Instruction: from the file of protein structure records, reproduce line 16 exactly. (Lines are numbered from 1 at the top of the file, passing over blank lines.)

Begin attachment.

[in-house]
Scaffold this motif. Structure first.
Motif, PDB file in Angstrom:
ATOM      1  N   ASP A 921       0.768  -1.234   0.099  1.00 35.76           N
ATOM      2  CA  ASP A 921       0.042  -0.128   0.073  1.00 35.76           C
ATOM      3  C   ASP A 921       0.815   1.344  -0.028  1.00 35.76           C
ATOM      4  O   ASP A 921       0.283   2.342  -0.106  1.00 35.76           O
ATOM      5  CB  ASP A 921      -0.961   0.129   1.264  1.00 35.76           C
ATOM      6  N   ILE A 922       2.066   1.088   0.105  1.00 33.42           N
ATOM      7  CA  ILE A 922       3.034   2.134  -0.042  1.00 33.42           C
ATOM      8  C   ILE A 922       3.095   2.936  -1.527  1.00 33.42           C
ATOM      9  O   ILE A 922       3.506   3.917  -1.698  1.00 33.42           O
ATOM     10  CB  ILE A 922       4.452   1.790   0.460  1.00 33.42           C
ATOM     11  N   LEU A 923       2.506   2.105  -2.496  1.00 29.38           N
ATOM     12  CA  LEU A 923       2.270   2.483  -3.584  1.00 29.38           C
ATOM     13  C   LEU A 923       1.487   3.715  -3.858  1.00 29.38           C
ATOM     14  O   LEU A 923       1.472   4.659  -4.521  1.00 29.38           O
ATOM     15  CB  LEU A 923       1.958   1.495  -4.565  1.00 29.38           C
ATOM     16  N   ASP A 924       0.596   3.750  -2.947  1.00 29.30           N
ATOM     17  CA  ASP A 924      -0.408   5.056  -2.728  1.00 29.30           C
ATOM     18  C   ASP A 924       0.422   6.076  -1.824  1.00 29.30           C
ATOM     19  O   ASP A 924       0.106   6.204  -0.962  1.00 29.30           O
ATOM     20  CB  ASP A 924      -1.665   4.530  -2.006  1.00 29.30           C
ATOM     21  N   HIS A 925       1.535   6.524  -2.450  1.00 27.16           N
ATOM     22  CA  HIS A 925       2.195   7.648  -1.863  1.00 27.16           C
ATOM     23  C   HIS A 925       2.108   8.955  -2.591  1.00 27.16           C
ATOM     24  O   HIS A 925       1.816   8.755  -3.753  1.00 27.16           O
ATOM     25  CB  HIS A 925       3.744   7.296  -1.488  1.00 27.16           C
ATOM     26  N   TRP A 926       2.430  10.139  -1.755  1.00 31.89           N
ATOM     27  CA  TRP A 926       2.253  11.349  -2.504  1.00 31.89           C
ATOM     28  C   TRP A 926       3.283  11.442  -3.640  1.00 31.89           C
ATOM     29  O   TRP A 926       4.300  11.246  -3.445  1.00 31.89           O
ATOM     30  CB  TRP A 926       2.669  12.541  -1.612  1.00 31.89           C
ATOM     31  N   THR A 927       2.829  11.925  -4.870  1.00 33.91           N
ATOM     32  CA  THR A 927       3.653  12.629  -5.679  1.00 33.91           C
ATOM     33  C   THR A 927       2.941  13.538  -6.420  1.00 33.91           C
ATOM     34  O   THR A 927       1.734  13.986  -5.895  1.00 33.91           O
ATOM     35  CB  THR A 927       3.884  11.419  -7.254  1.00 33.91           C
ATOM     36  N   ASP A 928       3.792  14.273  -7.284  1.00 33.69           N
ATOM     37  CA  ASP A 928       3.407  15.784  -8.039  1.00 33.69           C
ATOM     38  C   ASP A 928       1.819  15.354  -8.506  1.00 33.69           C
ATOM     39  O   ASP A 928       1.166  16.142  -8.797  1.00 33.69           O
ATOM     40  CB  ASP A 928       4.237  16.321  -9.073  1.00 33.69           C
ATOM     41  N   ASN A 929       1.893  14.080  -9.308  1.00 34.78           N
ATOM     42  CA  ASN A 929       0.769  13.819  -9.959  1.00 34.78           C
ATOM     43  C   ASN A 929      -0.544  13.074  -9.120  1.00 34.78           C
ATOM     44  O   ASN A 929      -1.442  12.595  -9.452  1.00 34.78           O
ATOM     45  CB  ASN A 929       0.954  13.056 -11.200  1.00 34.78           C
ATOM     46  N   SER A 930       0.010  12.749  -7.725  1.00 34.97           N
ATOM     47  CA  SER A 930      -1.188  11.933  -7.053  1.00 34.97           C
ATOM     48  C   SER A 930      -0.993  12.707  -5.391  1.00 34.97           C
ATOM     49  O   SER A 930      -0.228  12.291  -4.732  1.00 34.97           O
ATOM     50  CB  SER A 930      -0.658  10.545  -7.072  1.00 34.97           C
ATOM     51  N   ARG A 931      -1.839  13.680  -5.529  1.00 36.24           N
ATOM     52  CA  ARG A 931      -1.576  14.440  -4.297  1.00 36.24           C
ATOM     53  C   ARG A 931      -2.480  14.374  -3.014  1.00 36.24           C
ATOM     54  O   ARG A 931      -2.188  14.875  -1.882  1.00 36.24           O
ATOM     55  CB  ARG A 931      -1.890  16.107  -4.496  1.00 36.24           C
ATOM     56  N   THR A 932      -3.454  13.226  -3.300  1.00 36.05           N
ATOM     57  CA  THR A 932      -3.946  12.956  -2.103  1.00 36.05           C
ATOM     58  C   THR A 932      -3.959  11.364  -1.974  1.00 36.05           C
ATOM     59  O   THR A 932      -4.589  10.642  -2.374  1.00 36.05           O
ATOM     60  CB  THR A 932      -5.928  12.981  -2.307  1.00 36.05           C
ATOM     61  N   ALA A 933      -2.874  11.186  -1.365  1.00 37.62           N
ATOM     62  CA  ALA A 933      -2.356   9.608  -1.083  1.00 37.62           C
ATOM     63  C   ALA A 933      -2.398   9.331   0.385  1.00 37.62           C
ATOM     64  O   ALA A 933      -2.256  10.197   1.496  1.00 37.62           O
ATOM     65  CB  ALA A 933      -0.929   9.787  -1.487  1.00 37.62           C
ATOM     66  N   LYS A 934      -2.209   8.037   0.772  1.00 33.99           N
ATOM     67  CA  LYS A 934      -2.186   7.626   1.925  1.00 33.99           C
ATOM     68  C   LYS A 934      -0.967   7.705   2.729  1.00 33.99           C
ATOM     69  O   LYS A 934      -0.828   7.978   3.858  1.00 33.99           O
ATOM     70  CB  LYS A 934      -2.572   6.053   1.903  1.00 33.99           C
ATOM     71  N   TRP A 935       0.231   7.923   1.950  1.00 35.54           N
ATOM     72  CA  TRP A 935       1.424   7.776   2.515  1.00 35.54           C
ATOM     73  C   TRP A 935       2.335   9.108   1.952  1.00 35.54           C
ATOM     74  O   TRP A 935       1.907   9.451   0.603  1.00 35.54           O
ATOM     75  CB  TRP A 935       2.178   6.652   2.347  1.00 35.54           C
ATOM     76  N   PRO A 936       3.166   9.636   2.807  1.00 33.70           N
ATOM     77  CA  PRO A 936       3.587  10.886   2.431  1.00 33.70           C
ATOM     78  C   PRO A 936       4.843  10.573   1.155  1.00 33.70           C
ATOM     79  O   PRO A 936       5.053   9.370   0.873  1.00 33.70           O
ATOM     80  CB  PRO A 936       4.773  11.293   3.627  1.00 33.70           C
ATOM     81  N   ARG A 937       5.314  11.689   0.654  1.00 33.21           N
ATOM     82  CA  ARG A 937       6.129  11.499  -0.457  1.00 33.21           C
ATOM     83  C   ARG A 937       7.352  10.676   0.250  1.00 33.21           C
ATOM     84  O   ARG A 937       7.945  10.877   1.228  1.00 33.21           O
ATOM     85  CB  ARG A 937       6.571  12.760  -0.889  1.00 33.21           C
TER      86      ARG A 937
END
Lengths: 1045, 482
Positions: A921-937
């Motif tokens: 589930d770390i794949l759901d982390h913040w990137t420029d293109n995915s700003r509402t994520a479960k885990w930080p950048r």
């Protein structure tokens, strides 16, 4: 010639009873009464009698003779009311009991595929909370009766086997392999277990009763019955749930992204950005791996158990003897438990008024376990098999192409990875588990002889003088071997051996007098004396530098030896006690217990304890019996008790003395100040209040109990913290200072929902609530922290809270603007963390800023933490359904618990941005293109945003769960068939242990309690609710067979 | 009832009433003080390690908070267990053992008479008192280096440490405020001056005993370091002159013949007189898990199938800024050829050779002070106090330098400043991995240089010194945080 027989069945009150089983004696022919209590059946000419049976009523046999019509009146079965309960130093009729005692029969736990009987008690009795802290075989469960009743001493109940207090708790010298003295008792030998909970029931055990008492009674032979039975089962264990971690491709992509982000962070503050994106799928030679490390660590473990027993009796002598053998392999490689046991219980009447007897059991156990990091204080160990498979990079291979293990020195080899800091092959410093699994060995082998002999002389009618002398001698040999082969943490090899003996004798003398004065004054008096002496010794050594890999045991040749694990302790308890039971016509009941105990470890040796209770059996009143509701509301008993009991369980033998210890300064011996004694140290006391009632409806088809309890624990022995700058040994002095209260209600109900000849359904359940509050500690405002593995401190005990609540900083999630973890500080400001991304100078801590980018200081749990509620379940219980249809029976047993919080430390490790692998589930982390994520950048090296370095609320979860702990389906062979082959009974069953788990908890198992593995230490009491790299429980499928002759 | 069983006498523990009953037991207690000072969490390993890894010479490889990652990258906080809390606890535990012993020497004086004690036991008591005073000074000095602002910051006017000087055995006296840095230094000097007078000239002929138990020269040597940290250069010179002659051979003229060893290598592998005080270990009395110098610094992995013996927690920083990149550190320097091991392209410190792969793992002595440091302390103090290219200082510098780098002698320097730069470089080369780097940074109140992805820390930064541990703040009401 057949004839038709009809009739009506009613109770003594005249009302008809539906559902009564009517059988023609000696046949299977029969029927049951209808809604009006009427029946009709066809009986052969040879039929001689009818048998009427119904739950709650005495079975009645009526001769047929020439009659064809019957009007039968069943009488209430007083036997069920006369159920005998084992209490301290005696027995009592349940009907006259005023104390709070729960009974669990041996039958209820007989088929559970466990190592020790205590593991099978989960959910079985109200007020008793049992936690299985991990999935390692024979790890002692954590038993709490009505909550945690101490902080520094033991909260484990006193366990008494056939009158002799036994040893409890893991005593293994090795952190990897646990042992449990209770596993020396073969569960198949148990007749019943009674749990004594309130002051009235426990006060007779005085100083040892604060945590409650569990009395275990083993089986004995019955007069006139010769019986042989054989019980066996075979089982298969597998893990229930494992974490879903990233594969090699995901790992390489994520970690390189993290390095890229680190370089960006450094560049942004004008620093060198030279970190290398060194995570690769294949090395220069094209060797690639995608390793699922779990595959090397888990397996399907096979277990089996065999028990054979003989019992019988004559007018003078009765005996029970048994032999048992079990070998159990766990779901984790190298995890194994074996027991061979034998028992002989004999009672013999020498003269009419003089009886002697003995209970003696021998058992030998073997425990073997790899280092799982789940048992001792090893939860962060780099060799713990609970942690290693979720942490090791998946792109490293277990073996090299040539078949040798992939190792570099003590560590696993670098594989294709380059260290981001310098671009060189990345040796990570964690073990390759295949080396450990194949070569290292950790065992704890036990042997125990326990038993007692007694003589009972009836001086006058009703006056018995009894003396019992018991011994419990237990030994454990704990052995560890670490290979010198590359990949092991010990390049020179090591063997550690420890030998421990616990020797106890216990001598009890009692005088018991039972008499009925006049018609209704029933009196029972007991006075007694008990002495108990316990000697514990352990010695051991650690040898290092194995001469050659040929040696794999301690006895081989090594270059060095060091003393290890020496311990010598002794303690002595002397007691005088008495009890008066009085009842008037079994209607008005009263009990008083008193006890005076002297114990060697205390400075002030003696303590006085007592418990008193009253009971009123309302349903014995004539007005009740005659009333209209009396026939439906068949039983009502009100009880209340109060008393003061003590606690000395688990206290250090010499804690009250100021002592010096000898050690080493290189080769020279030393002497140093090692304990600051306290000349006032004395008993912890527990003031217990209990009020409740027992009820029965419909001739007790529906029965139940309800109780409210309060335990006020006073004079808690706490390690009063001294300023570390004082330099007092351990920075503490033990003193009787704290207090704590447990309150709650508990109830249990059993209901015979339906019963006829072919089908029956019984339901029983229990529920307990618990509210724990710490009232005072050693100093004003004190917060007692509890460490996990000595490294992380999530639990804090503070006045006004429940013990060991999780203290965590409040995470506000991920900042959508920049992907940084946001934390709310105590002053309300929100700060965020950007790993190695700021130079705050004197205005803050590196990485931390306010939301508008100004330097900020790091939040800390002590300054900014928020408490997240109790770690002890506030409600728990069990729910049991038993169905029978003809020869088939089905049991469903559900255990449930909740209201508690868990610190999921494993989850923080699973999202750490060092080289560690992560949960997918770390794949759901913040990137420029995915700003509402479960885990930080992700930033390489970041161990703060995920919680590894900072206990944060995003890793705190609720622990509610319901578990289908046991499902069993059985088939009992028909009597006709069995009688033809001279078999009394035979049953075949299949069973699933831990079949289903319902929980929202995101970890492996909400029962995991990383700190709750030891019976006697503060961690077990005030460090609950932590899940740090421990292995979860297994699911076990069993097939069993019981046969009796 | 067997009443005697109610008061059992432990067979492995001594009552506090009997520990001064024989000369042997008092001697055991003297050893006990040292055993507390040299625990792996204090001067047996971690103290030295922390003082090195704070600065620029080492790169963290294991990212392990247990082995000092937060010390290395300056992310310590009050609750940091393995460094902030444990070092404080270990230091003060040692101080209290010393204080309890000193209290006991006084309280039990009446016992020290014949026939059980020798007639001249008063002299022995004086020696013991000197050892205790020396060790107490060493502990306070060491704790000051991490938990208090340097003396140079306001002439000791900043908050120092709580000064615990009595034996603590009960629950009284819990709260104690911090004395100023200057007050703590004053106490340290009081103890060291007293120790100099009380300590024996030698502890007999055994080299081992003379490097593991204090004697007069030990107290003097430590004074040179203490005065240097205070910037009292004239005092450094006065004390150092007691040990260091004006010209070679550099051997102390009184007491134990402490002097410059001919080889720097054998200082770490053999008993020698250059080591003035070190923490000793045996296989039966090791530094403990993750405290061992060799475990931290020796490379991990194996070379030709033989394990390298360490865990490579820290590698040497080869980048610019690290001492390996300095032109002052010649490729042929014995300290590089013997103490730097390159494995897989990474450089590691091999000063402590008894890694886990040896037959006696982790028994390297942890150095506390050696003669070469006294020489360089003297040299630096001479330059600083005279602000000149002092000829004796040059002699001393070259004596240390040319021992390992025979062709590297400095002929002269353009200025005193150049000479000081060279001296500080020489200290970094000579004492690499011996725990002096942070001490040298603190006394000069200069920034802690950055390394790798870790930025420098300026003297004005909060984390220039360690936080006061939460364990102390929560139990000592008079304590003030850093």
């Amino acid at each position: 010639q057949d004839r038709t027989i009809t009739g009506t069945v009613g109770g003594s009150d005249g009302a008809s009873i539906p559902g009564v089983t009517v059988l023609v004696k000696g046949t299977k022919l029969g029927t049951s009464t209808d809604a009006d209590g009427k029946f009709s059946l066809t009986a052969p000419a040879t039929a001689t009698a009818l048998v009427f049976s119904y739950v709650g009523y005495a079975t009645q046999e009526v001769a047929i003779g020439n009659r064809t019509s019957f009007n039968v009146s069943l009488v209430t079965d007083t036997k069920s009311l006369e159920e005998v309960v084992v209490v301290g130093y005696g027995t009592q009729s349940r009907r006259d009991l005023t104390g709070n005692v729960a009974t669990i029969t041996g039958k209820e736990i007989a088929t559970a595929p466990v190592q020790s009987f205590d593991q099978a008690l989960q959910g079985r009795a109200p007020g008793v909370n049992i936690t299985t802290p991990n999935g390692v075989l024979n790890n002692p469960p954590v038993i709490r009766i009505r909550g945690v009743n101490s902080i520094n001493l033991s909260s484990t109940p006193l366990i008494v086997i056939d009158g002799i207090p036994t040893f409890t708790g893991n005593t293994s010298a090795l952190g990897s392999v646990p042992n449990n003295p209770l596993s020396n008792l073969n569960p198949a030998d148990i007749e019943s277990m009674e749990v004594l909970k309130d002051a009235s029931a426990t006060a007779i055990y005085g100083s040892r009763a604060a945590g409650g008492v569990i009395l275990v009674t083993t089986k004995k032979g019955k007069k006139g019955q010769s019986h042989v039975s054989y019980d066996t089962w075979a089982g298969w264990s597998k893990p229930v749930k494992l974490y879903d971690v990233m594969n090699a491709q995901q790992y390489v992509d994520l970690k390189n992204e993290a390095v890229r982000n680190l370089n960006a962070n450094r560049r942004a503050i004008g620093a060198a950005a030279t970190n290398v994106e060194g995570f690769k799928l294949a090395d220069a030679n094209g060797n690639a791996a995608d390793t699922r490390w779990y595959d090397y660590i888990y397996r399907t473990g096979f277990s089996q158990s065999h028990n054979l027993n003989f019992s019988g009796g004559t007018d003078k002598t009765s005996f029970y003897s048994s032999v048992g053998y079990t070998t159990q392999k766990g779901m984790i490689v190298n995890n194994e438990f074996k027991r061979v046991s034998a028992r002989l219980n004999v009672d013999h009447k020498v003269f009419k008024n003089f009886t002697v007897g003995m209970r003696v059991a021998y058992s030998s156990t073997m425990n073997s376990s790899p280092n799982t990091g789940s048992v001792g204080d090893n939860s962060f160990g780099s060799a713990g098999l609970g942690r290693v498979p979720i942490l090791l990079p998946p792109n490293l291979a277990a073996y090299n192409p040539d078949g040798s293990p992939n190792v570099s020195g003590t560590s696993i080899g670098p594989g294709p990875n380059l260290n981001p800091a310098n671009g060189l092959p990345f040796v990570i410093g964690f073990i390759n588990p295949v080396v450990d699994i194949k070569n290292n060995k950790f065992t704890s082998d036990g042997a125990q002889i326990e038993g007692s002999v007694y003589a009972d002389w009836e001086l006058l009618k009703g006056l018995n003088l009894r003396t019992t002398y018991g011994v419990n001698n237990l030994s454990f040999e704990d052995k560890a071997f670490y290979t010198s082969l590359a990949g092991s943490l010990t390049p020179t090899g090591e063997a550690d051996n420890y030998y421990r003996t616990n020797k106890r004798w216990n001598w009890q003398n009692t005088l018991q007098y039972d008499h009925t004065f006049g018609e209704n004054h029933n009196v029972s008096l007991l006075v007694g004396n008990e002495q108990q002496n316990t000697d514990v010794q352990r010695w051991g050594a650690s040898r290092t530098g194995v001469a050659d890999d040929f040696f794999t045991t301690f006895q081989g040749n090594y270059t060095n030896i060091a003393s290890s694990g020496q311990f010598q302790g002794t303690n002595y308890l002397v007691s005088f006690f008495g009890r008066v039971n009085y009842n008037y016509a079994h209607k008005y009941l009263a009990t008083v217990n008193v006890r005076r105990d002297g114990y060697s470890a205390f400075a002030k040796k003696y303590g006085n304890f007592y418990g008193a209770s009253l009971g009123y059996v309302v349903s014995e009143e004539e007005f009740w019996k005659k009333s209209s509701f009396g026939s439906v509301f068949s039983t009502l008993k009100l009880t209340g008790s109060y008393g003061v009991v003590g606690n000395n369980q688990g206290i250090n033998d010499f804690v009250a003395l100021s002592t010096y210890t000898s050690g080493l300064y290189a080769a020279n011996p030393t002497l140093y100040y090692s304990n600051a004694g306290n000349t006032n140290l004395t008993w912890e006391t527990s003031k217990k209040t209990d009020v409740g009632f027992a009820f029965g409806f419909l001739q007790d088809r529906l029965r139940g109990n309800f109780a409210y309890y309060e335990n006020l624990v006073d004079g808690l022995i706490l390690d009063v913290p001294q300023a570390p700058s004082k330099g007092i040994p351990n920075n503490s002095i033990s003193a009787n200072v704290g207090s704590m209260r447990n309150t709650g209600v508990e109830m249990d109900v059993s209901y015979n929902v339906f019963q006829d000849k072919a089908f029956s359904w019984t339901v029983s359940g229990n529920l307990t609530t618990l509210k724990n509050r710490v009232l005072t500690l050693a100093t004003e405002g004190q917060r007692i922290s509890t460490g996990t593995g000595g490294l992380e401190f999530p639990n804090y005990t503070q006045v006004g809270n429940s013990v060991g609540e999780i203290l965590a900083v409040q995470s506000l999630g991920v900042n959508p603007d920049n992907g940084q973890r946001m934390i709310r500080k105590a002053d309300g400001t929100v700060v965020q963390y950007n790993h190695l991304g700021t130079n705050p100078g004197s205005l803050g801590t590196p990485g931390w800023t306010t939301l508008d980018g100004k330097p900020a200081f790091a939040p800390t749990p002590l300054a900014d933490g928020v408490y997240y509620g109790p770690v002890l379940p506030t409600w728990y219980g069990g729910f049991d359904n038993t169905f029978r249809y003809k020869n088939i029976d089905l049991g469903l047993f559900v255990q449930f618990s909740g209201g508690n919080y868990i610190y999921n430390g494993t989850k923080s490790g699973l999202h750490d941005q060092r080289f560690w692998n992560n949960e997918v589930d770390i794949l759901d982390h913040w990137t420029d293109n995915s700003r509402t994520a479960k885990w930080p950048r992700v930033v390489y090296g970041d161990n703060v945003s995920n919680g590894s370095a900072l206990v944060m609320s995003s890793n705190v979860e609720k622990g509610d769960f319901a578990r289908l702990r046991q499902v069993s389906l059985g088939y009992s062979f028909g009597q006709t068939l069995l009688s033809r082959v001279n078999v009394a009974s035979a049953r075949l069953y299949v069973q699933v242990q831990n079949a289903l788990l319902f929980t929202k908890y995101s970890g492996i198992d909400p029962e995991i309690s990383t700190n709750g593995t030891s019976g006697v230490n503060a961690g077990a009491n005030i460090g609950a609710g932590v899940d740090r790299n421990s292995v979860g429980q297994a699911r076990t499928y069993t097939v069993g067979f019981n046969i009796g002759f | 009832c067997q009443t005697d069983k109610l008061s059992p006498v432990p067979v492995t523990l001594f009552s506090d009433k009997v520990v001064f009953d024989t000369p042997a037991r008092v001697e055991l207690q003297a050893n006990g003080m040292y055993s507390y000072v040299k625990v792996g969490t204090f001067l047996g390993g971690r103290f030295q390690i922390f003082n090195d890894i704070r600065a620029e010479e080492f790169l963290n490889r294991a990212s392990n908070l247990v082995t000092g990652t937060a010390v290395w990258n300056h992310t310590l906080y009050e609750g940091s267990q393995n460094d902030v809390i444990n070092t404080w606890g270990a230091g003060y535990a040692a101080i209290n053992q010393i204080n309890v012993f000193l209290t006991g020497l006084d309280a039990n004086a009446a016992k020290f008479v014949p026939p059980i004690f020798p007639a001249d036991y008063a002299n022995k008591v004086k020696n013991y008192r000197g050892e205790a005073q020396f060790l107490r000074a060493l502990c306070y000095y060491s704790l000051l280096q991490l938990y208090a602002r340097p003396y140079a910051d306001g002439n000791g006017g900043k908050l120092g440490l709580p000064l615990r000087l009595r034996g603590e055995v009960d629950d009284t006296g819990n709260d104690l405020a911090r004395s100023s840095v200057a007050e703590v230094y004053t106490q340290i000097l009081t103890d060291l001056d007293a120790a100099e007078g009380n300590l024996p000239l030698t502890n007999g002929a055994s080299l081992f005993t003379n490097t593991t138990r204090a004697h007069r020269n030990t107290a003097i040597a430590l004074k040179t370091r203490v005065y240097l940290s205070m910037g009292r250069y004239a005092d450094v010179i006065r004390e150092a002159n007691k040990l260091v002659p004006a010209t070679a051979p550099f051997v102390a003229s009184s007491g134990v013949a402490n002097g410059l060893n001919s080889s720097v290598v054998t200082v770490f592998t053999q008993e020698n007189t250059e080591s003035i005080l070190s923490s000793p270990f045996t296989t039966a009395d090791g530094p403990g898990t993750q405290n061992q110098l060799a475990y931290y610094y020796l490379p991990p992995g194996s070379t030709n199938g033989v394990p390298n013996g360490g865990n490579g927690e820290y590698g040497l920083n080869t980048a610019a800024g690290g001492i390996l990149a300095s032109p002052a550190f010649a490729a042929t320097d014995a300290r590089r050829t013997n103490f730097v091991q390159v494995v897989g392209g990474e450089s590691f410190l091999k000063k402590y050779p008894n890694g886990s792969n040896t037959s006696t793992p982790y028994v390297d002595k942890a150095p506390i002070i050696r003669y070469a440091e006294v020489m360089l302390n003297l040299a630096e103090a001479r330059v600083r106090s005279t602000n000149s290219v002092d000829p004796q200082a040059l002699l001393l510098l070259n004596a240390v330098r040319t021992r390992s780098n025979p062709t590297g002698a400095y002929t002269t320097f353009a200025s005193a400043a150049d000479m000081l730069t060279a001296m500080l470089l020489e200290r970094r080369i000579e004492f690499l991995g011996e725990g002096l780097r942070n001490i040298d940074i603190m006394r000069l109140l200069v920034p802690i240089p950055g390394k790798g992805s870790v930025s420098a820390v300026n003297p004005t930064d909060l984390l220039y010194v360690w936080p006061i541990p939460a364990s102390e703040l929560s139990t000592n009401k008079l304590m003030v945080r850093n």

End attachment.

ATOM     13  C   LEU A 923       1.487   3.715  -3.858  1.00 29.38           C